Do do look at this picture. It is not quite there yet. It is indeed better than version one, but I think it has weaknesses.
There is too much of a red glow around the sun, and also at the top of the waters.
I wanted some more luminescence around the pilgrim. So, I am getting there. But, I will take a step back, and redo this image.
So now the question once again is – what is the process of image making? I am relating it to photography here, and not digital art. But, I would think that the principles apply.
Clicking the shutter is a tiny, but significant part of the process.
The process starts before. It can start a few months before, as in when you are planning a landscape trip.
For my current, private, Delhi project, the process started in the deep recesses of my brain about three years back, and started to acquire shape last year. Much of the research that I have done since then has gone into figuring out how I will create the images that I want.
For this image, I was sitting on a boat at sunrise in Allahabad. This is called the Sangam, and is the confluence of the Yamuna and Ganges Rivers. The faithful also believe that there is a third, subterranean river called The Saraswati. No matter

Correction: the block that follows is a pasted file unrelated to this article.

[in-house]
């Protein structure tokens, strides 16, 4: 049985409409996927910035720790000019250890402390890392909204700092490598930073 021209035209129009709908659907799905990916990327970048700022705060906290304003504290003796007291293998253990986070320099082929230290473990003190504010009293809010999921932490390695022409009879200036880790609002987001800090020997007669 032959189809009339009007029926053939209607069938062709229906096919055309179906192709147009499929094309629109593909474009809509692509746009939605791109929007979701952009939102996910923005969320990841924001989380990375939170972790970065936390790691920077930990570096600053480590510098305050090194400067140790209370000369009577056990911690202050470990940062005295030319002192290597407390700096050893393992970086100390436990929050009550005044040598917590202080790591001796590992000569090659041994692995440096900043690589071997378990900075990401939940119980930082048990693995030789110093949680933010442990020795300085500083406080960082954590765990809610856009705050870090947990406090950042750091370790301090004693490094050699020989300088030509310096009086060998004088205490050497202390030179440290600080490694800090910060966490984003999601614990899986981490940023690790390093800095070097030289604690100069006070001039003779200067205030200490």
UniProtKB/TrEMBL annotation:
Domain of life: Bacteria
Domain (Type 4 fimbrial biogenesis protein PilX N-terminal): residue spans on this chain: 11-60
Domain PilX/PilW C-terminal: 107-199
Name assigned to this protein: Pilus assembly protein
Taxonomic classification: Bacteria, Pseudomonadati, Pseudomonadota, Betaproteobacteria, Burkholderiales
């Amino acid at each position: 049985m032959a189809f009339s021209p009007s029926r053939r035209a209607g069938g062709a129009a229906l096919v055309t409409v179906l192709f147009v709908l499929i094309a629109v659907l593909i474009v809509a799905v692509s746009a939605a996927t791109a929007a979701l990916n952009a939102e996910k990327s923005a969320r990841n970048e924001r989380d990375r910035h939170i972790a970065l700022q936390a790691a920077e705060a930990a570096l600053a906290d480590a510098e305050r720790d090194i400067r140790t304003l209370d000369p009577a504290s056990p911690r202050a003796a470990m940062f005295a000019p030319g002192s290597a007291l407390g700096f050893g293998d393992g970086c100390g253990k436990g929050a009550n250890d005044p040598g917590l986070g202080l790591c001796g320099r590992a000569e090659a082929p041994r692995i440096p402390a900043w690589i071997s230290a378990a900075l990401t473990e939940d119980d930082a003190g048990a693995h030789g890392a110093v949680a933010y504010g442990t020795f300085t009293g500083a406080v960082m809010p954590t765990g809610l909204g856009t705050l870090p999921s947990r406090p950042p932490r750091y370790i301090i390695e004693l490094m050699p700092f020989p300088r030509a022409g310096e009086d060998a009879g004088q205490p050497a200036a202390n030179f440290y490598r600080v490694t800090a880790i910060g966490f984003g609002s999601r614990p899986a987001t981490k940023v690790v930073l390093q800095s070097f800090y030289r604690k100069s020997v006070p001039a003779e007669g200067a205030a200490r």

So, I was sitting on the boat, and was watching the pilgrims bathe. My eye caught this gent, and the rays of the sun reflecting off the water centred around him. Call me Pagan if you will, but my belief is that, if there is a God, then that God resides in nature. Period. This is something of what I felt when I clicked the shutter.
My processing is centred around this emotion, and is centred around the fact that this is the emotion I want to capture in the final image, after I am done with processing it.
The final image not only needs to convey something of my memory, but also something of the emotion that I felt at that time. Does this happen with every image? Yes, to a larger and smaller extent. Those that are processed using a machine gun approach involve less emotion, and very little processing time.
In an image like this one, I may return to it again, and again until I am happy with it.
Life is like that!
Photography often does mirror life!